Curious case of #alcohol labelling in the EU

| April 10, 2017 | 0 Comments

European case of alcohol labelling is a good example of the results of industry lobby and effects of vested interests. An example where a logical decision is avoided and postponed without any serious explanation. It should be a wake-up call for both European Parliament and Commission to highlight alcohol policy and understand that without decisions, things are not moving along, writes Lauri Beekmann.

(Editor’s note: – This article was first published in an anti-alcohol, temperance blog by Lauri Beekmann on 27 March. Beekmann is the Director of NordAN, the stated aim of which is “to promote restrictive alcohol and drug policies in the Nordic and Baltic countries”.)

Public health community was happy to welcome European Commissions report on mandatory labelling of the list of ingredients and the nutrition declaration of alcoholic beverages“ published earlier in March. Led by European Alcohol Policy Alliance Eurocare, public health NGO-s have systematically drawn Commissions attention to the fact that alcoholic beverages are exempted from the mandatory list of ingredients and the nutrition declaration.

While milk, lemonade and yoghurt have an obligation to list the ingredients, alcohol is an exception? As the report cites members states experts confusion, there is no justification why a soft drink should provide a nutrition declaration when the same soft drink mixed with a spirit would be exempted from such declaration.“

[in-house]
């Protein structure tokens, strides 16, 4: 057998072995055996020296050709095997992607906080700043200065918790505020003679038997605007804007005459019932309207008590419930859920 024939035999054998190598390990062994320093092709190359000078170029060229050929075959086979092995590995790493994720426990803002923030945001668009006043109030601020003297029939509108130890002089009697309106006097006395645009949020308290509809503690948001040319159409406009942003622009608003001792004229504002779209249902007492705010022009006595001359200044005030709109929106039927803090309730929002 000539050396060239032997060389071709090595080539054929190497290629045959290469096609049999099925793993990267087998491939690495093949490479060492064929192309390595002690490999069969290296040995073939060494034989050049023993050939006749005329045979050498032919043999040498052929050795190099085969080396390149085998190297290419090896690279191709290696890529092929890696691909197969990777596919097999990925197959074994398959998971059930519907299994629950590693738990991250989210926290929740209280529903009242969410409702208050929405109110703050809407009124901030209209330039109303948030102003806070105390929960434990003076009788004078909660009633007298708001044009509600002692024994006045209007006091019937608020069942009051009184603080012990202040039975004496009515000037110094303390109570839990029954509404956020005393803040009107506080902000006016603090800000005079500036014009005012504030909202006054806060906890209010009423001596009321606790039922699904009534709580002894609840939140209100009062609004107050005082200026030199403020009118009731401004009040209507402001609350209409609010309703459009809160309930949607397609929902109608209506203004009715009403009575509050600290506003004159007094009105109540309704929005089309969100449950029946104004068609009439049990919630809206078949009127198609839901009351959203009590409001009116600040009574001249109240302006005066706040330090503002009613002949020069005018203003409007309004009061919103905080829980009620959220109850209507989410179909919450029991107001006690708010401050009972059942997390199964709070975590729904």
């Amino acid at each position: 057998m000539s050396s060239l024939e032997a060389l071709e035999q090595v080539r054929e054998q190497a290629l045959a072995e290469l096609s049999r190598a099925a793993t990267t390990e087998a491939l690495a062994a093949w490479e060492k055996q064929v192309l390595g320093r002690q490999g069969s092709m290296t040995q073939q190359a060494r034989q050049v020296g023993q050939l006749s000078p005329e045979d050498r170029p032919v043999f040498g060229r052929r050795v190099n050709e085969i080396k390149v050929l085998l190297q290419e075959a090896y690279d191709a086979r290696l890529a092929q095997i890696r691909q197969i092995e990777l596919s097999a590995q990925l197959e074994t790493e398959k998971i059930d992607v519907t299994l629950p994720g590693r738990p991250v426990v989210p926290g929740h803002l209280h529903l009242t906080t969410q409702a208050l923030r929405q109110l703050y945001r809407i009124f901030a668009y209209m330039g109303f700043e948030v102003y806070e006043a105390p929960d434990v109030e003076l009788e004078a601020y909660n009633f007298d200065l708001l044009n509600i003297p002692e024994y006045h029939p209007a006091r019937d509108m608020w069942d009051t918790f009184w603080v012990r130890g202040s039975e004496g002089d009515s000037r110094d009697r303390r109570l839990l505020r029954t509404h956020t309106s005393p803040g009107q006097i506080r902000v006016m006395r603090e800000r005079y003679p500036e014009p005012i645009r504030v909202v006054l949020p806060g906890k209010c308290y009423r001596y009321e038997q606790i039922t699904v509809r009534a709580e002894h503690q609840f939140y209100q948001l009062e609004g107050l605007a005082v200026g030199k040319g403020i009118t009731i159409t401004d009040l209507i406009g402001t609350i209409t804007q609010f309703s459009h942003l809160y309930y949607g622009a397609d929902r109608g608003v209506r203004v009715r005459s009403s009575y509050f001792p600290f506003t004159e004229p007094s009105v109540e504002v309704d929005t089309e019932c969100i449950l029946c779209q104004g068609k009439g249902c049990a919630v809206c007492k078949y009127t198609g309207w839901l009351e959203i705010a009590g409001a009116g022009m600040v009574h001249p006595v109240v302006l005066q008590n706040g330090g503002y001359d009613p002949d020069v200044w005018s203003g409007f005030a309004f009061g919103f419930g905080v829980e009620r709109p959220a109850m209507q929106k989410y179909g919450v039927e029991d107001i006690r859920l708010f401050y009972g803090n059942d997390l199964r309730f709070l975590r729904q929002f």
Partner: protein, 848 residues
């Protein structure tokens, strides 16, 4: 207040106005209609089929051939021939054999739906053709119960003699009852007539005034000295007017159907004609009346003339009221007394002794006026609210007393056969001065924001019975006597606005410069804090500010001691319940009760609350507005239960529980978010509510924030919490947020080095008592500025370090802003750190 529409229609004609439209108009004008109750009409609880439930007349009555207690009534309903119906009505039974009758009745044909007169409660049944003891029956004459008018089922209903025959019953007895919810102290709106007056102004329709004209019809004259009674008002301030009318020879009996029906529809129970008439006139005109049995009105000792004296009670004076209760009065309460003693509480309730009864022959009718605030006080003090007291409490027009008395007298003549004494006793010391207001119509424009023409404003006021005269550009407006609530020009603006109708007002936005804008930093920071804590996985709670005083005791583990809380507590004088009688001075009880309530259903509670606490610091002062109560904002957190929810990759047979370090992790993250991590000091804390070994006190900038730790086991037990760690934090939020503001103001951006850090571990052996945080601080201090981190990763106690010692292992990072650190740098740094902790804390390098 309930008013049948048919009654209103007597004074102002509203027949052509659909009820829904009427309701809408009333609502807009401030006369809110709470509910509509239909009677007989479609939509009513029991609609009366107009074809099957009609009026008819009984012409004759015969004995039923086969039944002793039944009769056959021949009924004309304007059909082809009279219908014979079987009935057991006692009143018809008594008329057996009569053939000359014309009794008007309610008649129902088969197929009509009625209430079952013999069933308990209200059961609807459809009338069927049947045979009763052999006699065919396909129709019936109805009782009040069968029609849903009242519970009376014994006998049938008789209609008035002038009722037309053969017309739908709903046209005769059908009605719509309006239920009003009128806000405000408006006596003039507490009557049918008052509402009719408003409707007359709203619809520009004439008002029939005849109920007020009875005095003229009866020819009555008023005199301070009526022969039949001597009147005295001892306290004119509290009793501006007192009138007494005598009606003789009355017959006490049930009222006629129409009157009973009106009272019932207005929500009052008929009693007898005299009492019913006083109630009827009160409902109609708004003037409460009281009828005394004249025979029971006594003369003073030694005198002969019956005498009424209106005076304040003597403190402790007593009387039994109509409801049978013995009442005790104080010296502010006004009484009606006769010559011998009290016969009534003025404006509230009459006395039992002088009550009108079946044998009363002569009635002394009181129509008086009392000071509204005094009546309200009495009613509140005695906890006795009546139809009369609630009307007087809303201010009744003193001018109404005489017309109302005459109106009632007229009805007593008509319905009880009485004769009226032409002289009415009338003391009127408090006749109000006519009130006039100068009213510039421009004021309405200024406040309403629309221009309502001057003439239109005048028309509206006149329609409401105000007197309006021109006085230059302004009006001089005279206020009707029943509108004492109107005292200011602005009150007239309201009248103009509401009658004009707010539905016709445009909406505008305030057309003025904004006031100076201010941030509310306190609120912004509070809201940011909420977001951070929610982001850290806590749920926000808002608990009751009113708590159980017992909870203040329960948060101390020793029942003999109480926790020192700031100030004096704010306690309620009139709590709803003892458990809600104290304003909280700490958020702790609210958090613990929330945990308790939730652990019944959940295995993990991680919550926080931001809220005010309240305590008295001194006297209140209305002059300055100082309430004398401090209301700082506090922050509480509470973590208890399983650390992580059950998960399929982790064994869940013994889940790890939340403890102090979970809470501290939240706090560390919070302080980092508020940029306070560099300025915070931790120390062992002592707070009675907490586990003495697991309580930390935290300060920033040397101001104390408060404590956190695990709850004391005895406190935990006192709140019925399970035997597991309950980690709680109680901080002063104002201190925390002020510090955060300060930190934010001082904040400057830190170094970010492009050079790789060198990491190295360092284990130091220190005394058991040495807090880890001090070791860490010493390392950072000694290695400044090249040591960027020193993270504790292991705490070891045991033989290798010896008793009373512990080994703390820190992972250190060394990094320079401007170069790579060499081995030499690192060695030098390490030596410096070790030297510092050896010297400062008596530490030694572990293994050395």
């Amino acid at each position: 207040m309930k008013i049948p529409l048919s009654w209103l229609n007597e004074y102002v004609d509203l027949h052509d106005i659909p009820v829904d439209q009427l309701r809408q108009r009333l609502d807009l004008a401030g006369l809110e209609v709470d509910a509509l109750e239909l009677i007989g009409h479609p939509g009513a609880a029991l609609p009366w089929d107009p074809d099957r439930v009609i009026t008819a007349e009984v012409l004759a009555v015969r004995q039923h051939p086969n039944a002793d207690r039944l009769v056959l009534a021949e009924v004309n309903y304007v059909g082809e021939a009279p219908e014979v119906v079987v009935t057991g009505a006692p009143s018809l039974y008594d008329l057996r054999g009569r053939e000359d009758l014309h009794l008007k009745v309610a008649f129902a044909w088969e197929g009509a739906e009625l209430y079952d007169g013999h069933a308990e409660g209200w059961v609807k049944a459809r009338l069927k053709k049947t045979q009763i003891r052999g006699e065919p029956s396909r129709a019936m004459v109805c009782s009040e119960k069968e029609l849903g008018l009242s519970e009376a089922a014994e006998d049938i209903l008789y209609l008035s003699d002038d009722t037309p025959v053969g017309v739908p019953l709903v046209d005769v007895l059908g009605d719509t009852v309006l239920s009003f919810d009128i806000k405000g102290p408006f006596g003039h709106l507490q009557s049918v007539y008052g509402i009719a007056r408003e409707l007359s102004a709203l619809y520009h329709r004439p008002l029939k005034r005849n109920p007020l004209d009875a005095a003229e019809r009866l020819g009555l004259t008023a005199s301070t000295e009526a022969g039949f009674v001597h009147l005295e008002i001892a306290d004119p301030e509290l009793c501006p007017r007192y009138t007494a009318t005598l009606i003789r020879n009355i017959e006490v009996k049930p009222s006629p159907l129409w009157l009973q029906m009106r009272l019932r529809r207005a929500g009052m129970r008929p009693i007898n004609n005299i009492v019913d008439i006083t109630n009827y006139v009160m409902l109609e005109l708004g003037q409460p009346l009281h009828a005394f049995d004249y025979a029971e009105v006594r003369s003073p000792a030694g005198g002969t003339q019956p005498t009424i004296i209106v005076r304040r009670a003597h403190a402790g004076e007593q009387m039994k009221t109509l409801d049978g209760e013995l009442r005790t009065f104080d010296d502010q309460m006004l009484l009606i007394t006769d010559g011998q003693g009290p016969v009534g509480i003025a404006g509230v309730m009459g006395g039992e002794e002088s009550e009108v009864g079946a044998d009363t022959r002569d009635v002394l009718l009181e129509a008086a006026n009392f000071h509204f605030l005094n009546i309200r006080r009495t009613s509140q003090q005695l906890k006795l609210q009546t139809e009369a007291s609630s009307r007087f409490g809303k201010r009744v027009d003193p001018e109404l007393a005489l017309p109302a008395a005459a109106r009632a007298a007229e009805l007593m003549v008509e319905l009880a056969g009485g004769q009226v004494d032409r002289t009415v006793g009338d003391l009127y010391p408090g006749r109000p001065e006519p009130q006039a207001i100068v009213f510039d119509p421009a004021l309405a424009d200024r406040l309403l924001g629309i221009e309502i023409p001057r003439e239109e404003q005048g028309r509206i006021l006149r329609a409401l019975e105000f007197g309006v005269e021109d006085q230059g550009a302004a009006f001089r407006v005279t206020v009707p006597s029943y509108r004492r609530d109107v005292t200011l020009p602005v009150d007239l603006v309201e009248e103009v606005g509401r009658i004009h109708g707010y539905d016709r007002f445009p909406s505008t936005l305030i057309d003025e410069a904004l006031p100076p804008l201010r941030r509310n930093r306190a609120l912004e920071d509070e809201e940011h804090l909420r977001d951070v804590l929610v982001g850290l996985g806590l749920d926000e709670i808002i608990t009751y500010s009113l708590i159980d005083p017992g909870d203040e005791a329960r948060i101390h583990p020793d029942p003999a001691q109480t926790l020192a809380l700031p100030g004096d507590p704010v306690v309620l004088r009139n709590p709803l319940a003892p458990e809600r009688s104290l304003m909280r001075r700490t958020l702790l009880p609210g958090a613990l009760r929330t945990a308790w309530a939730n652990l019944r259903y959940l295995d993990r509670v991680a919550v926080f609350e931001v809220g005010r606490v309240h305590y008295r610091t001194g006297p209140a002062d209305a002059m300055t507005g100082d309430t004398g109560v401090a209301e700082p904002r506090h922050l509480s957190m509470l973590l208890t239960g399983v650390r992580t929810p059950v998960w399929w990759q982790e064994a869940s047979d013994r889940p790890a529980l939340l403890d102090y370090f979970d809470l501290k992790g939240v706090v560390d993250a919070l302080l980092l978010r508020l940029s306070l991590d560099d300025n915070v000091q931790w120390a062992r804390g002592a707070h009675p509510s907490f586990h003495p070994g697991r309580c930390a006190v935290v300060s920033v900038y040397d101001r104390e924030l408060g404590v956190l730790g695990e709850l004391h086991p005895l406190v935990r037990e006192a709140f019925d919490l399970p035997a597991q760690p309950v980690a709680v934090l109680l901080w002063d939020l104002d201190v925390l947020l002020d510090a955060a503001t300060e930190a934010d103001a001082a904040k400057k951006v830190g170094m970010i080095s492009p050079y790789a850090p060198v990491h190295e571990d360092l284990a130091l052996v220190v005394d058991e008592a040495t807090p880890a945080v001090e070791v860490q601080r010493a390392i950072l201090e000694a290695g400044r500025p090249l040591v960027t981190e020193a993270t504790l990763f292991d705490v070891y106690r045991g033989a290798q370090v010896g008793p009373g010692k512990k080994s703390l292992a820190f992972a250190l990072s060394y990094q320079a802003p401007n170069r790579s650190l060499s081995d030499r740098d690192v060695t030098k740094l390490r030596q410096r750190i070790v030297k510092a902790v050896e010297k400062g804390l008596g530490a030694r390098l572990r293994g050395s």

Report came to a conclusion that the Commission has not identified objective grounds that would justify the absence of information on ingredients and nutrition information on alcoholic beverages, and that the industry should present within a year a self-regulatory proposal that would cover the entire sector of alcoholic beverages. And if the Commission is not satisfied with this proposal it will launch an impact assessment to review further available options“.

So there is a clear progress but let´s look into the history of the whole topic. Citing the same report again:

Regarding the list of ingredients, the issue goes back to the first general labelling legislation adopted at EU level, where it was provided that ‘in the case of beverages containing more than 1,2% by volume of alcohol, the Council, acting on a proposal from the Commission, shall, before 22 December 1982, determine the rules for labelling ingredients’. The Commission presented proposals to address this request in 1982 and in 1992 but the Council could not agree on any of those proposals. The Commission then presented a new proposal in February 1997, which was finally put on the agenda of a Council Working Group in December 2002. Subsequent to these discussions, although the specific EU requirements for labelling ingredients, which may cause allergies or intolerances, covered also alcoholic beverages, no rules were introduced for the labelling of ingredients in general of alcoholic beverages.“

The 2011, Regulation maintains the mandatory list of ingredients and introduces mandatory nutrition declaration (energy value and the amounts of fat, saturates, carbohydrate, sugars, protein and salt) as from 16 December 2016. Alcoholic beverages are not covered by these provisions.“